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The microcosmos is home to many unusual partnerships. Life is, after all, just relationships, each of which build upon one another like strokes of paint in an epic tableau of ecology, epidemics, and yogurt?

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If you’re interested in growing your language skills, Microcosmos viewers get up to 60% off with a 20 day money-back guarantee when you sign up using our link in the description. The microcosmos is home to many unusual partnerships.

There are species of algae buried inside of paramecium, exchanging their photosynthetic products for protection. There are cyanobacteria fixing nitrogen within the glass walls of their diatom host. Life is, after all, just relationships, individual entities fighting and tolerating and partnering in tiny little dramas, each of which build upon one another like strokes of paint in an epic tableau of ecology, epidemics, and yogurt?

Yes, yogurt. That plastic tub tucked away in the dairy section of your local grocery store is the product of one of the most fruitful microbial friendships that humans have unknowingly played matchmaker to, a friendship that goes back millennia. That relationship is playing out in front of your eyes right now, extracted from some yogurt that James, our master of microscopes, had on hand.

We don’t know how exactly yogurt was invented, just that it is an ancient food that takes on many names in different cultures. Humans began consuming dairy somewhere between 10,000-5,000 BCE, likely coinciding with our domestication of animals like cows and goats that could provide us with milk. And the challenge those humans faced is one many of us can relate to: if you leave milk out, it goes bad quite easily.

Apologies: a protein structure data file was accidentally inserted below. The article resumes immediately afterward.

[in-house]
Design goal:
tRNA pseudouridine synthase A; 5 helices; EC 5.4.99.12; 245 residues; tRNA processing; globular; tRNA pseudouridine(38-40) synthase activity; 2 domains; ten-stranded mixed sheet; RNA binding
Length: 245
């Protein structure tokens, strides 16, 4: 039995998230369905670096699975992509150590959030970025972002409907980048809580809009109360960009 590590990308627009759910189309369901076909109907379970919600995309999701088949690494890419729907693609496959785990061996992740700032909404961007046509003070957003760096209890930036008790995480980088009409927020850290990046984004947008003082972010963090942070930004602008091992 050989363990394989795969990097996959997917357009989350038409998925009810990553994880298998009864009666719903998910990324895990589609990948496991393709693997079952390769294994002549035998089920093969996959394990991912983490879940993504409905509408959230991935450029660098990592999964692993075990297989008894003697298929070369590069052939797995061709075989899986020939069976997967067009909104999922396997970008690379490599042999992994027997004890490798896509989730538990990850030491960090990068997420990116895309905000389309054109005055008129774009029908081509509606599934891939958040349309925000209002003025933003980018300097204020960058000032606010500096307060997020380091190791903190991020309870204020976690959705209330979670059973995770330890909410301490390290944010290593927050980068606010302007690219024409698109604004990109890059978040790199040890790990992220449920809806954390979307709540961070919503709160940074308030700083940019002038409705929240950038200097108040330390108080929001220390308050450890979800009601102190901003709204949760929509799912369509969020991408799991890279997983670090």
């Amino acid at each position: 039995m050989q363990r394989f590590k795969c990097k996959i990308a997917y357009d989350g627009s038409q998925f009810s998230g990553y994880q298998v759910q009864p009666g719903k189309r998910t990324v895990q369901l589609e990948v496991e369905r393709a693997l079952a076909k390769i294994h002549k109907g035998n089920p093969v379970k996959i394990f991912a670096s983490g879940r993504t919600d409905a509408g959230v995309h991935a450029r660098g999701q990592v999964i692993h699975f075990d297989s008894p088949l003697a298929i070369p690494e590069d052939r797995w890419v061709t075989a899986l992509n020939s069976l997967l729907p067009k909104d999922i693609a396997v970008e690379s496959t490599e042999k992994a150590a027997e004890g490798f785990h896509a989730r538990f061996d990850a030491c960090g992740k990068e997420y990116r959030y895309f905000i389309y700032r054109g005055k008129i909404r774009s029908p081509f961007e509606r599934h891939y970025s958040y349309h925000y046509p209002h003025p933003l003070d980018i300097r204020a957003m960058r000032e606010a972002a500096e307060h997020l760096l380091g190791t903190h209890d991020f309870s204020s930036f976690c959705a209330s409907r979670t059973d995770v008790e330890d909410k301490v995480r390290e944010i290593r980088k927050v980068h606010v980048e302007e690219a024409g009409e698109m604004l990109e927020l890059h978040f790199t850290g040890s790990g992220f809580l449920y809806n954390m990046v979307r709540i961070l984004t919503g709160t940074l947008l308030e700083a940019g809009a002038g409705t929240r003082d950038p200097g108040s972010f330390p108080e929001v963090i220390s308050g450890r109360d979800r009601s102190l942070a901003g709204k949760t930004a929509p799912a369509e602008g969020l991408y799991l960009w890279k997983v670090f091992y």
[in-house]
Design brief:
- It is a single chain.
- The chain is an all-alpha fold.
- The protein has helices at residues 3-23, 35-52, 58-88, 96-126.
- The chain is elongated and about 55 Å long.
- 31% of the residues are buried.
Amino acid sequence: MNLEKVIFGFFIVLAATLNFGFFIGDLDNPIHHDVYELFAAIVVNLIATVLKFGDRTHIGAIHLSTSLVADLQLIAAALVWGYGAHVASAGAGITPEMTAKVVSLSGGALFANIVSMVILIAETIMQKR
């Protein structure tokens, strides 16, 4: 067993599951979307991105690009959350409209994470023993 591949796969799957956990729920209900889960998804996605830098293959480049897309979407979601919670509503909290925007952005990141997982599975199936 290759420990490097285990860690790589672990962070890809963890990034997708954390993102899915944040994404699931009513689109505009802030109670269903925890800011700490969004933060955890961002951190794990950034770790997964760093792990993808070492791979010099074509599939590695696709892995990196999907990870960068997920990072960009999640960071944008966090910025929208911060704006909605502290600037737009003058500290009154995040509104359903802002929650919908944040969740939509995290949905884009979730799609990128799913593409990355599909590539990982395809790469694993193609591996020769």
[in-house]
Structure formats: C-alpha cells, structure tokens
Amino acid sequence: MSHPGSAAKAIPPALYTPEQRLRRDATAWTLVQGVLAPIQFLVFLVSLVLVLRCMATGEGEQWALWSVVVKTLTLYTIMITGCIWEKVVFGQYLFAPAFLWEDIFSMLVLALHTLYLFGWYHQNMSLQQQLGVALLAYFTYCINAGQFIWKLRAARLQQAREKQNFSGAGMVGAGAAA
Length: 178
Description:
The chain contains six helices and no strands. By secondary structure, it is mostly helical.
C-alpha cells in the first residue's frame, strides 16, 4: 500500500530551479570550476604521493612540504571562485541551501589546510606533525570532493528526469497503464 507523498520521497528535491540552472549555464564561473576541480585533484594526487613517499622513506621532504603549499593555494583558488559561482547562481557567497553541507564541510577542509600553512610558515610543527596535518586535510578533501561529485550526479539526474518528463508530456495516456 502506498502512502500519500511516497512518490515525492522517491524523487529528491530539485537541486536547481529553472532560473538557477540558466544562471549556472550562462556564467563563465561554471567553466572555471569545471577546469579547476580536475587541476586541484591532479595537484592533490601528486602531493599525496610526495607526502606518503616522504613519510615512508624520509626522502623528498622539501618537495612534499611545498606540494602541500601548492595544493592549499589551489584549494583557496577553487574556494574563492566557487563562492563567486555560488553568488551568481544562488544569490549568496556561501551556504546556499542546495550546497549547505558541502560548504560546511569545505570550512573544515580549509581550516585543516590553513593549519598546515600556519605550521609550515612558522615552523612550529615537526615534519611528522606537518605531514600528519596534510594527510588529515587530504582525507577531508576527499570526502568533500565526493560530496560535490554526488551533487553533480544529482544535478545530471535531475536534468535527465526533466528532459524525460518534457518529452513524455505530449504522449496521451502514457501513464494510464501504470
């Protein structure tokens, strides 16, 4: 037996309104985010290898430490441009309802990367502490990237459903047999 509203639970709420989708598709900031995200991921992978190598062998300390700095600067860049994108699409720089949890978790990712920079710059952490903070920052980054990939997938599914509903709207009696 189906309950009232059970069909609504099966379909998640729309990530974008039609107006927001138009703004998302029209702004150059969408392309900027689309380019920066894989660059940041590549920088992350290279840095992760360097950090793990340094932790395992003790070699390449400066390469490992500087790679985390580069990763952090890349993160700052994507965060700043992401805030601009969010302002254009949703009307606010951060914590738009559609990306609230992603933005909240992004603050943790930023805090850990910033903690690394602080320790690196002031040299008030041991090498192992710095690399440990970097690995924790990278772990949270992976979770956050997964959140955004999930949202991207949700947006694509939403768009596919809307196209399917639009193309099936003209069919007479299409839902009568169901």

In the Middle East and Western Asia, nomadic herdsmen would carry milk in bags made from animals that retained some of their enzymes, which may have then fermented the milk and preserved it. And over time, yogurt spread through different cultures not just because it was effective as a milk storage method, but also because it seemed to be quite good for the stomach. According to one story, King Francois I of France was suffering from severe diarrhea.

To help him out, his Turkish ally Suleiman the Magnificentt suggested yogurt, bringing yogurt to the rest of Europe. At least, that’s one of the stories. Yogurt has a surprisingly mythic aspect to it, thanks to its longevity, popularity, and cryptic origins.

And in the early 20th century, one Bulgarian scientist sought to untangle some of the mysteries behind yogurt. His name was Stamen Grigorov, and in the year 1904 he was headed to the Medical University of Geneva to study medicine. And he brought with him a clay pot containing homemade yogurt.

Grigorov’s work came about fifty years after Louis Pasteur pieced together the role of yeast in the fermentation of alcohol. But the organisms behind yogurt’s genius were still unknown. And as a Bulgarian stocked with both his homeland’s yogurt and curiosity, Grigorov decided it was time to take a closer look.

He found two bacteria. The first was shaped like a rod, and it would be named Bacillus bulgaricus in honor of its origins. With time, the species’ name would be changed, first to Lactobacillus bulgaricus, and then to Lactobacillus delbrueckii subsp. bulgaricus.